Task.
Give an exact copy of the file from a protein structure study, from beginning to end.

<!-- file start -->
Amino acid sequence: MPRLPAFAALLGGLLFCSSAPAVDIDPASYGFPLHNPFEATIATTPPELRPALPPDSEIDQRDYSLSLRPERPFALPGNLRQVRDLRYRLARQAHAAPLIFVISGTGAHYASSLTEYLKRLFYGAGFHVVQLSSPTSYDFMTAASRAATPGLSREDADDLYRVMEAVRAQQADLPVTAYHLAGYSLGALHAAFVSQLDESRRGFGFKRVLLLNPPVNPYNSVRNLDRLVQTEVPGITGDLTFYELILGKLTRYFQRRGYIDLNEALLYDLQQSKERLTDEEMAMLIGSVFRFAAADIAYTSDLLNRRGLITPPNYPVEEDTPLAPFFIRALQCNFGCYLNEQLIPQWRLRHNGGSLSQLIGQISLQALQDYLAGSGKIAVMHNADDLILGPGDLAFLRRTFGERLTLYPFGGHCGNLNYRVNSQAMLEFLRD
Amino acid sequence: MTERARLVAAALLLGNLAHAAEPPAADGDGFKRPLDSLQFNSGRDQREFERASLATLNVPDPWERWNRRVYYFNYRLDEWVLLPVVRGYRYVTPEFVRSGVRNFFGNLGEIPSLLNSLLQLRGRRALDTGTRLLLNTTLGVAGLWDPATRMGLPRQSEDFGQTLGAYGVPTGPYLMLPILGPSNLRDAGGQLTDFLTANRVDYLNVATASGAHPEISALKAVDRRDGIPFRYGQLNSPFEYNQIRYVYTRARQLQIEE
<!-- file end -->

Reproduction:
Amino acid sequence: MPRLPAFAALLGGLLFCSSAPAVDIDPASYGFPLHNPFEATIATTPPELRPALPPDSEIDQRDYSLSLRPERPFALPGNLRQVRDLRYRLARQAHAAPLIFVISGTGAHYASSLTEYLKRLFYGAGFHVVQLSSPTSYDFMTAASRAATPGLSREDADDLYRVMEAVRAQQADLPVTAYHLAGYSLGALHAAFVSQLDESRRGFGFKRVLLLNPPVNPYNSVRNLDRLVQTEVPGITGDLTFYELILGKLTRYFQRRGYIDLNEALLYDLQQSKERLTDEEMAMLIGSVFRFAAADIAYTSDLLNRRGLITPPNYPVEEDTPLAPFFIRALQCNFGCYLNEQLIPQWRLRHNGGSLSQLIGQISLQALQDYLAGSGKIAVMHNADDLILGPGDLAFLRRTFGERLTLYPFGGHCGNLNYRVNSQAMLEFLRD
Amino acid sequence: MTERARLVAAALLLGNLAHAAEPPAADGDGFKRPLDSLQFNSGRDQREFERASLATLNVPDPWERWNRRVYYFNYRLDEWVLLPVVRGYRYVTPEFVRSGVRNFFGNLGEIPSLLNSLLQLRGRRALDTGTRLLLNTTLGVAGLWDPATRMGLPRQSEDFGQTLGAYGVPTGPYLMLPILGPSNLRDAGGQLTDFLTANRVDYLNVATASGAHPEISALKAVDRRDGIPFRYGQLNSPFEYNQIRYVYTRARQLQIEE